On All Saint’s Day, the following day, we give witness to the victory of incarnate goodness embodied in the remarkable friends of God who through word and deed triumphed in some way over the powers of darkness. We celebrate those who are part of our family photo album and heritage who lived in such a way that the world was better for their having been God’s person in their time and place. Mind you these were not perfect people by any stretch of the imagination, but what distinguished them principally was their dogged love of God above all else.
On All Souls’ Day Nov. 2, we proclaim the Christian hope of our common mortality expressed through our expectation of a shared eternity with God. All Souls reminds us that in death life is changed not ended. It also stubbornly asserts that everything and everyone belongs to God always.
Yes, this powerful Christian Feast, this three day celebration of the depth of Christian understanding is not meant to be reduced to toddlers dressed up as Ninjas or Superheroes extorting candy from responsible citizens and yards full of spooky decorations as fun and festive as all of that is.
What is at the root of the trivialization of these incredibly important days in the Church? What do the plastic masks and fake blood and orange cupcakes hide? What are we afraid of? What are we embarrassed about? Could it be that we are embarrassed to admit of the hope that is within us? Sam Portaro, a fellow Episcopal priest writes, “To be fearful of death is natural and ageless. But we have gone beyond that fear; that we shall die we cannot deny. That we shall live, however, is a matter of faith we indulge at tremendous peril. Death shall not disappoint us; we can be sure of its coming, but of life we are less sure.”
We want to believe that human flesh and human being is blessed, but we are not sure of incarnation, so Christmas is a thing of material gifts and Santa Claus and nostalgia. We want to believe that the power of life and love will triumph over the power of death and evil in the end, but we are unsure of resurrection, so Easter is a thing of pastel colored eggs, fashion and fuzzy bunnies. We want so much to believe that life is eternal, but we are not sure of eternity, so this autumn season of spooks and saints and souls is traded off for a time of candy collecting and grinning pumpkins.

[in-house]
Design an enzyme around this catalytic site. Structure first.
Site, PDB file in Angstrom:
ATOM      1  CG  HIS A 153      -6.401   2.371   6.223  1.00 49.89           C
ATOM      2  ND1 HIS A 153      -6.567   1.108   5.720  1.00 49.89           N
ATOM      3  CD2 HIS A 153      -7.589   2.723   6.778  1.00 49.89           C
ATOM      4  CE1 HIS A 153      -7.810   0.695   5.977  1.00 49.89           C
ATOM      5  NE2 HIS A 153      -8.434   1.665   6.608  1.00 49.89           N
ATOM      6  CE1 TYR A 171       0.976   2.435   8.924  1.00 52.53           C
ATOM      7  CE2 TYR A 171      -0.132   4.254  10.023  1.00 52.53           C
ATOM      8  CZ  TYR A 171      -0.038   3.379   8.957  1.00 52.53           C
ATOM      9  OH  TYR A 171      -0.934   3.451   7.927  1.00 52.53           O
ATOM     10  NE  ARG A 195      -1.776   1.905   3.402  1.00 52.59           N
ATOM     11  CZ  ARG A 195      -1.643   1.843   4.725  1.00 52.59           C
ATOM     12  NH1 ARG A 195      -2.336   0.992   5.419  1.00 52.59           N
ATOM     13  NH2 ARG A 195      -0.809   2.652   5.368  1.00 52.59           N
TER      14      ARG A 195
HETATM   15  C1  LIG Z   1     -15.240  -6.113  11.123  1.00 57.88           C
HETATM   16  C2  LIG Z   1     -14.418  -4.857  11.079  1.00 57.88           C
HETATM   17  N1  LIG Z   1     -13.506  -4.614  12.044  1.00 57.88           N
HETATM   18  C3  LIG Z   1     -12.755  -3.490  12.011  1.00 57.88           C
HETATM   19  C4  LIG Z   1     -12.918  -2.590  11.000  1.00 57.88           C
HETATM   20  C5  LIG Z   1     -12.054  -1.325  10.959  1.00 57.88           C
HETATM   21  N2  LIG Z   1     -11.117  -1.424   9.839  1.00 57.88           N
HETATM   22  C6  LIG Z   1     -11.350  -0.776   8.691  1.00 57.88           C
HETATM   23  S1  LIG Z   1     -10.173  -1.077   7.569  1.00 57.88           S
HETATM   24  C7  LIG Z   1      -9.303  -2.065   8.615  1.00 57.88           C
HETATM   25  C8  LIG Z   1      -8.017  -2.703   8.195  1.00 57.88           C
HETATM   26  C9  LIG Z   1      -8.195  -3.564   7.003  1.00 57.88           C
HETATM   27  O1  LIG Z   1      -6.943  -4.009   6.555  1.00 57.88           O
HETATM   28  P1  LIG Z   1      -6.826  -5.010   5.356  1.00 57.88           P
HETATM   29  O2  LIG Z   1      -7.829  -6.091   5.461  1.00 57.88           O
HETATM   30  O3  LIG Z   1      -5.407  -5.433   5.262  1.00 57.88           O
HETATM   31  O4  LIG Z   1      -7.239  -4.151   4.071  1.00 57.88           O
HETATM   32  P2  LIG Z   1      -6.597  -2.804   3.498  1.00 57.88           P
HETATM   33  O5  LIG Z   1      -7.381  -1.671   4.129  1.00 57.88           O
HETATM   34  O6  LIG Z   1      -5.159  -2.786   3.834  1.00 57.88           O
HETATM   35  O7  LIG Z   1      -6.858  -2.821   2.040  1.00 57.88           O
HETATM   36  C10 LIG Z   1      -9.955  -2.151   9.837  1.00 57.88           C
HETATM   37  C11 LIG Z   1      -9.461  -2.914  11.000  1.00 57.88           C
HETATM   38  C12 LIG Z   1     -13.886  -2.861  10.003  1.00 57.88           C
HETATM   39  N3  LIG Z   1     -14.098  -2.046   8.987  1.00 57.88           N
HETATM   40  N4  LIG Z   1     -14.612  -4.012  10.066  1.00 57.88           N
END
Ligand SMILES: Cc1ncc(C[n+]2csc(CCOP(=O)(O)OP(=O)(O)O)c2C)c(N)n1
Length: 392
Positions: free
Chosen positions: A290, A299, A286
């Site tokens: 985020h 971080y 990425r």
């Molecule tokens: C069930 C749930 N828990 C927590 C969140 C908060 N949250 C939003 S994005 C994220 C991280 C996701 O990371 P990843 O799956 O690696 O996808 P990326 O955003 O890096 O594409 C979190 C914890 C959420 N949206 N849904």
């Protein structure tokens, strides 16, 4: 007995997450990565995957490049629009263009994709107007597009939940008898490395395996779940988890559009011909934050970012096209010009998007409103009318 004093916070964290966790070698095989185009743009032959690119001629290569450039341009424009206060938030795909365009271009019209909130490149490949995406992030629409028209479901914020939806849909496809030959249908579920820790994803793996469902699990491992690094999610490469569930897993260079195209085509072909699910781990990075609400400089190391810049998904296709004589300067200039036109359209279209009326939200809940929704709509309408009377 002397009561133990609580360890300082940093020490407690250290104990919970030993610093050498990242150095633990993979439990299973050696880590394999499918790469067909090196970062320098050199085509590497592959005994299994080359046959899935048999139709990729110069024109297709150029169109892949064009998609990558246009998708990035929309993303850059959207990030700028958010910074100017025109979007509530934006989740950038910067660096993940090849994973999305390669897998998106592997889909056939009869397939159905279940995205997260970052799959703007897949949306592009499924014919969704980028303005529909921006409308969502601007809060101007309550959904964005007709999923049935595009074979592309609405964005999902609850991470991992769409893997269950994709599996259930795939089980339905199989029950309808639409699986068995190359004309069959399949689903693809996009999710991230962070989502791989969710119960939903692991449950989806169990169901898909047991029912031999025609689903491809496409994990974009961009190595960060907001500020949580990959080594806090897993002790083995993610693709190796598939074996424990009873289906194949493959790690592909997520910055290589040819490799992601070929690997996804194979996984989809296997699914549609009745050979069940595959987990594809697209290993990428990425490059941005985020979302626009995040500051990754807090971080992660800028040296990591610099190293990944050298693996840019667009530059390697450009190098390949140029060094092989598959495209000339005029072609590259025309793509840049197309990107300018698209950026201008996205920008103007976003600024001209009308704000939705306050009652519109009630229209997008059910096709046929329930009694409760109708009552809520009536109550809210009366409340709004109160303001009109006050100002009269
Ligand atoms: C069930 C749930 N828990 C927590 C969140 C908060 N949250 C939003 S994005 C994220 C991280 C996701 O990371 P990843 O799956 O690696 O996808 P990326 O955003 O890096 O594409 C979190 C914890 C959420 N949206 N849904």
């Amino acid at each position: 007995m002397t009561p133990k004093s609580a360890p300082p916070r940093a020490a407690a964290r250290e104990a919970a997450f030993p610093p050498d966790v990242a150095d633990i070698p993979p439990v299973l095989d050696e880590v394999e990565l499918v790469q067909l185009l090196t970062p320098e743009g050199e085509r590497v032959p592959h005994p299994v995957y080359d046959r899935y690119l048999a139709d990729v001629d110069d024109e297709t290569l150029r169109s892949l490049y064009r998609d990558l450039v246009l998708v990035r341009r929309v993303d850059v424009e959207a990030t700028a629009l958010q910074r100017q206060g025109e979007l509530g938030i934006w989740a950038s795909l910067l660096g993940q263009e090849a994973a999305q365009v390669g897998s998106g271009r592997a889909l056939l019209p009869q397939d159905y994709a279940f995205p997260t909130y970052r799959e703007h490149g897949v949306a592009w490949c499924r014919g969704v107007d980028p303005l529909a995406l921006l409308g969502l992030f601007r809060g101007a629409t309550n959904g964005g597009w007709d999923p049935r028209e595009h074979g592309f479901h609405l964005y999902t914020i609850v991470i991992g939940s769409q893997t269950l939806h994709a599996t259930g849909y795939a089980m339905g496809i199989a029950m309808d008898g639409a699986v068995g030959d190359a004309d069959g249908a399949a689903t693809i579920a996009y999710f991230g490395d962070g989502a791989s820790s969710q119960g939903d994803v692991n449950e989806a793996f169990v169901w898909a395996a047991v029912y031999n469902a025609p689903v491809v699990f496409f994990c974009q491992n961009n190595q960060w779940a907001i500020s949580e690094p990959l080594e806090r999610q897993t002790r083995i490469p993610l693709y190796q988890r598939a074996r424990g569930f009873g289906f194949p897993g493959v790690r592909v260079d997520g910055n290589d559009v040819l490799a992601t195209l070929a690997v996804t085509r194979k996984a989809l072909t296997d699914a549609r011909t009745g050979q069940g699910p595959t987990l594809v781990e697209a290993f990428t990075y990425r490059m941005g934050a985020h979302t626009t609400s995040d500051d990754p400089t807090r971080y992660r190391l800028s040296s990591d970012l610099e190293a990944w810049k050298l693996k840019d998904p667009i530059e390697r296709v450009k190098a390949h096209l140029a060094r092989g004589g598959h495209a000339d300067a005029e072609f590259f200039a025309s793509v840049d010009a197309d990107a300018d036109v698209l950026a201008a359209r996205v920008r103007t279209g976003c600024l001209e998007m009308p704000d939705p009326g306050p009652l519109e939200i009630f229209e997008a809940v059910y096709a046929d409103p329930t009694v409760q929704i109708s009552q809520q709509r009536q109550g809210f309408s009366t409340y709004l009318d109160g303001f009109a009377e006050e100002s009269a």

But what is it we truly fear. We do not after all fear incarnation, or resurrection or eternity. What we really fear is disappointment. We do not want to believe and hope in vain. This desire to have a true and abiding hope is what makes this autumn commemoration of spooky death, amazing saints, and all souls so special. We Christians dare to hope. We dare to hope beyond the constraints of our mortality. For many hope is hedged, hope is where many if not most draw-up short. Some constrain life to this earthly existence by hoping for reincarnations dependent upon time-bound existence and endless recurrence. Others perceive an end to life entirely trusting in a kind of everlasting nothingness for the soul after death. But we Christians hope, we hope unashamedly in life beyond the grave. Our hope is embodied in the lives of the saints and souls, who have lived in the hope that this life was not the end but only the beginning of an ongoing romance with the divine. We hope in a vast company and communion of faithful people dwelling beyond time and forever.
Is this an embarrassement? To be sure it is. We have no evidence to produce that it is so beyond our defining stories at the center of our faith. We cannot prove that there is life beyond the grave. In order to do that one would have to have gone there and returned to tell about it. But that is precisely what the Christian story is all about. For that beautiful piece of Christian hope is founded on the resurrected one, who demonstrated to the early Christians that there is indeed life beyond the grave, the one who called Lazarus out of the tomb, and awed the disciples by going ahead of them to Galilee.